“No, I haven’t. Originally, I wasn’t thinking of starting a deli, since I’d always worked in Italian restaurants. But I really like making cured meats. Then when I saw how many tourists visited the Michou Deli in Pike Place Market in Seattle, I figured that in Hikone, a deli would do better than another Italian restaurant. America has an international food culture, and delis offer a wider range of food.”
“Indeed. There aren’t many delis around in Japan.”
“When I first put up my Eight Hills Delicatessen sign, people were like, ‘What the hell is that?’. And they said that a ‘delicatessen’ would never be popular. I had just one refrigerated case then.”
“Well, that’s an ideal situation for a business. Whenever everyone says it won’t succeed, it usually does.”
“Our logo is a flying pig, which represents impossibility. It expresses our intention to make the impossible possible. I really like making processed pork products because you can use all the parts of the pig, so I wanted to use a pig in my logo, but since everyone said it was impossible, I gave my pig wings.”
“So you’re a real challenger then.”
Appropriately, there’s a picture of the farmer’s market in Seattle above the counter that Nishimura-san bought there. Unlike an Italian restaurant that would need to open for lunch and dinner, Eight Hills opens from 11 am to 7 pm giving Nishimura-san the opportunity to pursue other interests.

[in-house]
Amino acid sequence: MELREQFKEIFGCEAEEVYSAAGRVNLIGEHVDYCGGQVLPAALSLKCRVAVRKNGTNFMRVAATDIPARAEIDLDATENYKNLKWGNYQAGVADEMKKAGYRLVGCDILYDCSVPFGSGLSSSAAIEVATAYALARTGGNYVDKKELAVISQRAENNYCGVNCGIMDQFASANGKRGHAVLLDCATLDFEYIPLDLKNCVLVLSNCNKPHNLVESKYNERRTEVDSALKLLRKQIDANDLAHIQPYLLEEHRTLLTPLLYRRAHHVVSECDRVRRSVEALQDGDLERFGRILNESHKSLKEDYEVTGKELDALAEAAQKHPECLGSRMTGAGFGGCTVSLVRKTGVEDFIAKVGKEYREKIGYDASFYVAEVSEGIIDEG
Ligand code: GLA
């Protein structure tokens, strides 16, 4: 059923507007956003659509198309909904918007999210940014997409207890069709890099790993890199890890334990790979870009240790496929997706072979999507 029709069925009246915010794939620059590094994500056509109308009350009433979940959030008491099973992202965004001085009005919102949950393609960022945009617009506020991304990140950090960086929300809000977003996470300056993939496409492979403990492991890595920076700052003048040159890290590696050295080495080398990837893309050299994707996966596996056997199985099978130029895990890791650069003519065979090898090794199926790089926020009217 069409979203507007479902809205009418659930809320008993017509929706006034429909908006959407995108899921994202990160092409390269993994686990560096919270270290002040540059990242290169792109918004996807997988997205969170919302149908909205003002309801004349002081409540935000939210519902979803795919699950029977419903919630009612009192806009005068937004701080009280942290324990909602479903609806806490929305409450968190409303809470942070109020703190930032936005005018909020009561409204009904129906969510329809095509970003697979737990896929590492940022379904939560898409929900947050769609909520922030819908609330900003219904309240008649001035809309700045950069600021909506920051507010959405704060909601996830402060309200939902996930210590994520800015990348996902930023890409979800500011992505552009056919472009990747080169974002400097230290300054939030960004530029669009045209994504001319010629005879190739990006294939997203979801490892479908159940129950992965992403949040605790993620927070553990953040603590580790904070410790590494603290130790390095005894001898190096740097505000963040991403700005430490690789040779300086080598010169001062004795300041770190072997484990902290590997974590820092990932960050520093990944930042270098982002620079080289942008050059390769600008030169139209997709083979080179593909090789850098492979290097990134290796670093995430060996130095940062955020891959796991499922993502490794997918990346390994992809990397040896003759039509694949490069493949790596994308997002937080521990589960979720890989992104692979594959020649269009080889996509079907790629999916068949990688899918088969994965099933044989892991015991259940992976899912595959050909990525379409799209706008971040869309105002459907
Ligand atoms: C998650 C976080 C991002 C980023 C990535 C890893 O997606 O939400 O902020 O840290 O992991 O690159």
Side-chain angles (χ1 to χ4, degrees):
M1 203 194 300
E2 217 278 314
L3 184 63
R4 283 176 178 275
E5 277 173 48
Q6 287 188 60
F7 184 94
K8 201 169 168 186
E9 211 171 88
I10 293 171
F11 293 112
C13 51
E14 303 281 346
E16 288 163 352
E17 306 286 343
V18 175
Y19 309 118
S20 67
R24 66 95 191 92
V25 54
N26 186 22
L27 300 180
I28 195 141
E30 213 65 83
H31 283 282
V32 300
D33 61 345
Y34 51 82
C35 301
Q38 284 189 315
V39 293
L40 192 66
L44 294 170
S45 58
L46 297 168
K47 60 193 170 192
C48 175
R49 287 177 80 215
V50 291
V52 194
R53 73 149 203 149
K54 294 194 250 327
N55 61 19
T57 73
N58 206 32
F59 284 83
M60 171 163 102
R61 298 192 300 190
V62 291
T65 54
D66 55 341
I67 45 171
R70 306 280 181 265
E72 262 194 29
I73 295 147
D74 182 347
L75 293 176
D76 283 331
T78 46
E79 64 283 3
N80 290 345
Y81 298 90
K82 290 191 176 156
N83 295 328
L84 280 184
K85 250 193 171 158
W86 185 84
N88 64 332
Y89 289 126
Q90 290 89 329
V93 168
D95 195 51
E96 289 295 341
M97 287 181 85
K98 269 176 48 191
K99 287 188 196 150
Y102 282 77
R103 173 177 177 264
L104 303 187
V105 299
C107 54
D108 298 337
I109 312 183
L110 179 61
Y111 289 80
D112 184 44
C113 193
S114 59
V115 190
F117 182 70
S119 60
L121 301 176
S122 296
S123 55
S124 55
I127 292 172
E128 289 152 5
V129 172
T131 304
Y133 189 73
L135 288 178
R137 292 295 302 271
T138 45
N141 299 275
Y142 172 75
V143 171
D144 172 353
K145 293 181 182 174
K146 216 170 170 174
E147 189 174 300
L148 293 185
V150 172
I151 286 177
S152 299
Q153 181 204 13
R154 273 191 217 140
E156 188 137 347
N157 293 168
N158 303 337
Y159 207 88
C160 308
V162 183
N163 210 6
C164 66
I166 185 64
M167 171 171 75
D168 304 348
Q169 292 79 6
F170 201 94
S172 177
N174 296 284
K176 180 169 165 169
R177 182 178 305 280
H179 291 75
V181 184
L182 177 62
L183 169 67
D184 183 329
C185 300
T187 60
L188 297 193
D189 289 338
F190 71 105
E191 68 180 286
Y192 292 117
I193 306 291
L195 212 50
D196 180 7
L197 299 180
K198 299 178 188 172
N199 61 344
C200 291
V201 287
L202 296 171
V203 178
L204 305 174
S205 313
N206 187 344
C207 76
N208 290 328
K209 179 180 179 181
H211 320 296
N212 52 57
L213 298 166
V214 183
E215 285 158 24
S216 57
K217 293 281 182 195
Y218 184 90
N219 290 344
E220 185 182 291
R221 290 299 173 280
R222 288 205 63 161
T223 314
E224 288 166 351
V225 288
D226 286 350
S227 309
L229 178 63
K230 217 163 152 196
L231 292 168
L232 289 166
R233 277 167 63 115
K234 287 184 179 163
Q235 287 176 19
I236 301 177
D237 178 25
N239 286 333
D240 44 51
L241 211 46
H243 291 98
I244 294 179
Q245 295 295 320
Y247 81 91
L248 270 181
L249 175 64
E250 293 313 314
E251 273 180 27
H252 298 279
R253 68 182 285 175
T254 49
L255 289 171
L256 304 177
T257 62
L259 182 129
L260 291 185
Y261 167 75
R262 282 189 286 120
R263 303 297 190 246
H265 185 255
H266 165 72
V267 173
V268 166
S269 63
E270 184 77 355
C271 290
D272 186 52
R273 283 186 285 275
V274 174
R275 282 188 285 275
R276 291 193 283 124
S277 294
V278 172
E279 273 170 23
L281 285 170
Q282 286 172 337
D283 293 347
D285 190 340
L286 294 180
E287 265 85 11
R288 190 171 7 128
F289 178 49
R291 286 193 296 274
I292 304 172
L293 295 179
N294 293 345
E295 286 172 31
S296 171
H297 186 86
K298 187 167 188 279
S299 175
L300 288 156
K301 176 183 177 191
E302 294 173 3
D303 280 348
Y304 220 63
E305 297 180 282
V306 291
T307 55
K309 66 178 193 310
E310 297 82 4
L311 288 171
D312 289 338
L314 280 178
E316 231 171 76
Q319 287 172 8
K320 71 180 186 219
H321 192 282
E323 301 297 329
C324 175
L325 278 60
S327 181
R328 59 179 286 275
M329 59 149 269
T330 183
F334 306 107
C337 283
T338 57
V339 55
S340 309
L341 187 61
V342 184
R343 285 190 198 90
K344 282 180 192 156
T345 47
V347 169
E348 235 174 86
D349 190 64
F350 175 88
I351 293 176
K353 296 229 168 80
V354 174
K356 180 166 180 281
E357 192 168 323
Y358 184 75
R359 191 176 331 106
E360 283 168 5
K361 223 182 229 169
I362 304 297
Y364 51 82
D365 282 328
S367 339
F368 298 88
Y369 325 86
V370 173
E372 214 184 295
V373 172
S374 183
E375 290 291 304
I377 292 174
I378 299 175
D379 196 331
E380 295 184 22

When I get to the portion of white liver pâté on my plate, I make no effort to conceal my joy – the first proper pâté I’ve had in God knows how many years! Nishimura-san understands the symptoms immediately and quickly produces a thick slice of a different type, pâté de campagne, prepared with a dried fig in the middle, with some lightly toasted bread served on a pretty plate decorated with a single head of wheat. This seemed like the time to try a different beer. I chose the Two Rabbits Aussie Pale Ale brewed nearby in Omihachiman.
I ask Nishimura-san about his clientele.
“For the first six months we didn’t have many customers, but we got really busy after Instagram took off in Japan about three years ago. People would come in and order while looking at their phones. I’d ask them what they were looking at and they’d say ‘Insta’. And they’d show me pictures of food that I’d prepared for other people.”
“Who are your customers? Is it mostly students from the university?”
“Our customers are actually very diverse. We get students celebrating after they’ve submitted a paper, but we also have quite a lot of older people. Lots of housewives too. People also come from Kyoto.”
Nishimura-san is an avowed fan of Jamie Oliver, who almost single-handedly revolutionised the food culture of Britain in the 2000s by lobbying for improvements in the quality of school lunches, reasoning that if children don’t know what good food tastes like, they’ll grow up into adults who are content to eat horrible slop. In order to raise the awareness of world food among consumers in Hikone, as well as how best to prepare locally produced food, Nishimura-san is thinking of starting a casual cookery class, although he recognises the challenges.